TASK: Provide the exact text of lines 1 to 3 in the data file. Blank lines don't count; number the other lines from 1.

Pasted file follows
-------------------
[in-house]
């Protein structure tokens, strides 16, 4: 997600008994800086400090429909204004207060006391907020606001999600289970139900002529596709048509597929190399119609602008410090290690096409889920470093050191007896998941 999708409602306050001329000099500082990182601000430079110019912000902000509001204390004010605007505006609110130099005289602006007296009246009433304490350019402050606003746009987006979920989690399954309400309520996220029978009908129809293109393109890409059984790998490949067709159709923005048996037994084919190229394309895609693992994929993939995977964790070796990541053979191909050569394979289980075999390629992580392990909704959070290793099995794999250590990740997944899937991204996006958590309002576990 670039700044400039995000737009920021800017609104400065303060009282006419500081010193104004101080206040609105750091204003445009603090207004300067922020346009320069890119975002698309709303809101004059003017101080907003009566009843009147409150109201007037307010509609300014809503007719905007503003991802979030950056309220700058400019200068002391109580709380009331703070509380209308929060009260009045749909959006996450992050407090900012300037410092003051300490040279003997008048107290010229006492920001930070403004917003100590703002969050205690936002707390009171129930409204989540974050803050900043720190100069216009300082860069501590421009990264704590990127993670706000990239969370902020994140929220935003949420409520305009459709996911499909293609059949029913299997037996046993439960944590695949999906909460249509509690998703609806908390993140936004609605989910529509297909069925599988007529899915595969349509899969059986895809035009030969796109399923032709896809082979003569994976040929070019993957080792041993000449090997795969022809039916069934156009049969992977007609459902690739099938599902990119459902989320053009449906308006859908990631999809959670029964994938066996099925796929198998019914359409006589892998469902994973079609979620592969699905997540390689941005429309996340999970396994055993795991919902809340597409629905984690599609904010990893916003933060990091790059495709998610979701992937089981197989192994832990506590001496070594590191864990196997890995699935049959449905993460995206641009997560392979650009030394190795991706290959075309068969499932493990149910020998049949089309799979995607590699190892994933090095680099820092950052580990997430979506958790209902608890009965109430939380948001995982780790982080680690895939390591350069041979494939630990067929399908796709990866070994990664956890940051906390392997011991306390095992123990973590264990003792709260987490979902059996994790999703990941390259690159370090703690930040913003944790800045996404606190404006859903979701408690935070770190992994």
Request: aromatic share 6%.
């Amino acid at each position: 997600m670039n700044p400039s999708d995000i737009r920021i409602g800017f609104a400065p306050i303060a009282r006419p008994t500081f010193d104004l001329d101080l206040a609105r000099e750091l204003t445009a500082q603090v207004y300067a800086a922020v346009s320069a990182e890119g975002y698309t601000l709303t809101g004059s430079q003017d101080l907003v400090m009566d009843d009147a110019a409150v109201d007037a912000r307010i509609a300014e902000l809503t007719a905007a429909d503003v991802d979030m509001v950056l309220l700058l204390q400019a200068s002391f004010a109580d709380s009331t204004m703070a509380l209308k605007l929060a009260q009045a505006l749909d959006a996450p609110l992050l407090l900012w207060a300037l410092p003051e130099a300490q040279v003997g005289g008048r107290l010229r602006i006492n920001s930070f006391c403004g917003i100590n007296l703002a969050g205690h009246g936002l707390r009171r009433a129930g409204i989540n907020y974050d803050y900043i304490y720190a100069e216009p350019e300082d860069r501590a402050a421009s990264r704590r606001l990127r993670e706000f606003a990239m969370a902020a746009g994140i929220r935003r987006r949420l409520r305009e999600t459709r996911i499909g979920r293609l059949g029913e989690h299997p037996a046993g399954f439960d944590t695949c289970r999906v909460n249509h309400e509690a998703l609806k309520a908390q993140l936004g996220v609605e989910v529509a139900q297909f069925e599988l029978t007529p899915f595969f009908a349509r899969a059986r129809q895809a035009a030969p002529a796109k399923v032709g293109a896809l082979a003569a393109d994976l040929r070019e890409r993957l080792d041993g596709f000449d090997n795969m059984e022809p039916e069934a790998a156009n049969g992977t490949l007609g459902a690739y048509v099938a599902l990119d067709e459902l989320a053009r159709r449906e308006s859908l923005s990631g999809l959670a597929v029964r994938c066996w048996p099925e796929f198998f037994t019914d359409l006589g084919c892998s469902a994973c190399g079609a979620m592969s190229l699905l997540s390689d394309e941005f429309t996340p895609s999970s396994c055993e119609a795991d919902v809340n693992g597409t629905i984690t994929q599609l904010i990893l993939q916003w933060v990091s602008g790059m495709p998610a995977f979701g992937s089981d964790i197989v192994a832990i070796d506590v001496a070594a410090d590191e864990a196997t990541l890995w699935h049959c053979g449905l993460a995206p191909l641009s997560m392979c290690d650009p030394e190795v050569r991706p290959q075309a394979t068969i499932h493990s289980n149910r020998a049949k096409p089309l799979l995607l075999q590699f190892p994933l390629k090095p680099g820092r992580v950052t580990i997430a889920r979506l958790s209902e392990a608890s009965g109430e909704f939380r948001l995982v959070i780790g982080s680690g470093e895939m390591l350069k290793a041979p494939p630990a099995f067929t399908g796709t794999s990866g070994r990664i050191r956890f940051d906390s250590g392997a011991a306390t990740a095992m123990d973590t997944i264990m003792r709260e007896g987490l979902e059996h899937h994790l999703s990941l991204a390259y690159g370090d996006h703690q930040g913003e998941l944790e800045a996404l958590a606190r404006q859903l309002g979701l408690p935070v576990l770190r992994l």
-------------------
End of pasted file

[in-house]
């Protein structure tokens, strides 16, 4: 997600008994800086400090429909204004207060006391907020606001999600289970139900002529596709048509597929190399119609602008410090290690096409889920470093050191007896998941 999708409602306050001329000099500082990182601000430079110019912000902000509001204390004010605007505006609110130099005289602006007296009246009433304490350019402050606003746009987006979920989690399954309400309520996220029978009908129809293109393109890409059984790998490949067709159709923005048996037994084919190229394309895609693992994929993939995977964790070796990541053979191909050569394979289980075999390629992580392990909704959070290793099995794999250590990740997944899937991204996006958590309002576990 670039700044400039995000737009920021800017609104400065303060009282006419500081010193104004101080206040609105750091204003445009603090207004300067922020346009320069890119975002698309709303809101004059003017101080907003009566009843009147409150109201007037307010509609300014809503007719905007503003991802979030950056309220700058400019200068002391109580709380009331703070509380209308929060009260009045749909959006996450992050407090900012300037410092003051300490040279003997008048107290010229006492920001930070403004917003100590703002969050205690936002707390009171129930409204989540974050803050900043720190100069216009300082860069501590421009990264704590990127993670706000990239969370902020994140929220935003949420409520305009459709996911499909293609059949029913299997037996046993439960944590695949999906909460249509509690998703609806908390993140936004609605989910529509297909069925599988007529899915595969349509899969059986895809035009030969796109399923032709896809082979003569994976040929070019993957080792041993000449090997795969022809039916069934156009049969992977007609459902690739099938599902990119459902989320053009449906308006859908990631999809959670029964994938066996099925796929198998019914359409006589892998469902994973079609979620592969699905997540390689941005429309996340999970396994055993795991919902809340597409629905984690599609904010990893916003933060990091790059495709998610979701992937089981197989192994832990506590001496070594590191864990196997890995699935049959449905993460995206641009997560392979650009030394190795991706290959075309068969499932493990149910020998049949089309799979995607590699190892994933090095680099820092950052580990997430979506958790209902608890009965109430939380948001995982780790982080680690895939390591350069041979494939630990067929399908796709990866070994990664956890940051906390392997011991306390095992123990973590264990003792709260987490979902059996994790999703990941390259690159370090703690930040913003944790800045996404606190404006859903979701408690935070770190992994």
Request: aromatic share 6%.